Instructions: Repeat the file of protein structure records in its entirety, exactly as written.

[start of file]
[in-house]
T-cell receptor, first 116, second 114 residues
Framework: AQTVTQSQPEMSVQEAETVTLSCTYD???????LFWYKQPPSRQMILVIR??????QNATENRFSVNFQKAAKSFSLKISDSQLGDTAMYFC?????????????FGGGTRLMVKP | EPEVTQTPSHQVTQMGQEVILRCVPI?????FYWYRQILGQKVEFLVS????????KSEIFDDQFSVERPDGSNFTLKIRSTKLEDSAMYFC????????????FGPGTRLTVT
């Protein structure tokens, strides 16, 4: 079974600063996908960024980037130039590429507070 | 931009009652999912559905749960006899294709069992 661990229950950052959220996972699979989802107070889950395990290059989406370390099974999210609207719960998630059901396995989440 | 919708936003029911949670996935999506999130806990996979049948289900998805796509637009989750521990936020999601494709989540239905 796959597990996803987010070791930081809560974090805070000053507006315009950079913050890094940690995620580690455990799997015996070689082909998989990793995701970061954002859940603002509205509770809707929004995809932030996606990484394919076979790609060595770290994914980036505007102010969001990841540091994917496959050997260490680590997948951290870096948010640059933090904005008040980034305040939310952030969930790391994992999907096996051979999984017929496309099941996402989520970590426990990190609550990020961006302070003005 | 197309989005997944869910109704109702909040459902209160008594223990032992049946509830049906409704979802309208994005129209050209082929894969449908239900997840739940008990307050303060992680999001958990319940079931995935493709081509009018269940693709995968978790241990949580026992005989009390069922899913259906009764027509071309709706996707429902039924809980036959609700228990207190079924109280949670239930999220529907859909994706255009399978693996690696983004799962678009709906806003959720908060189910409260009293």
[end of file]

[in-house]
T-cell receptor, first 116, second 114 residues
Framework: AQTVTQSQPEMSVQEAETVTLSCTYD???????LFWYKQPPSRQMILVIR??????QNATENRFSVNFQKAAKSFSLKISDSQLGDTAMYFC?????????????FGGGTRLMVKP | EPEVTQTPSHQVTQMGQEVILRCVPI?????FYWYRQILGQKVEFLVS????????KSEIFDDQFSVERPDGSNFTLKIRSTKLEDSAMYFC????????????FGPGTRLTVT
């Protein structure tokens, strides 16, 4: 079974600063996908960024980037130039590429507070 | 931009009652999912559905749960006899294709069992 661990229950950052959220996972699979989802107070889950395990290059989406370390099974999210609207719960998630059901396995989440 | 919708936003029911949670996935999506999130806990996979049948289900998805796509637009989750521990936020999601494709989540239905 796959597990996803987010070791930081809560974090805070000053507006315009950079913050890094940690995620580690455990799997015996070689082909998989990793995701970061954002859940603002509205509770809707929004995809932030996606990484394919076979790609060595770290994914980036505007102010969001990841540091994917496959050997260490680590997948951290870096948010640059933090904005008040980034305040939310952030969930790391994992999907096996051979999984017929496309099941996402989520970590426990990190609550990020961006302070003005 | 197309989005997944869910109704109702909040459902209160008594223990032992049946509830049906409704979802309208994005129209050209082929894969449908239900997840739940008990307050303060992680999001958990319940079931995935493709081509009018269940693709995968978790241990949580026992005989009390069922899913259906009764027509071309709706996707429902039924809980036959609700228990207190079924109280949670239930999220529907859909994706255009399978693996690696983004799962678009709906806003959720908060189910409260009293």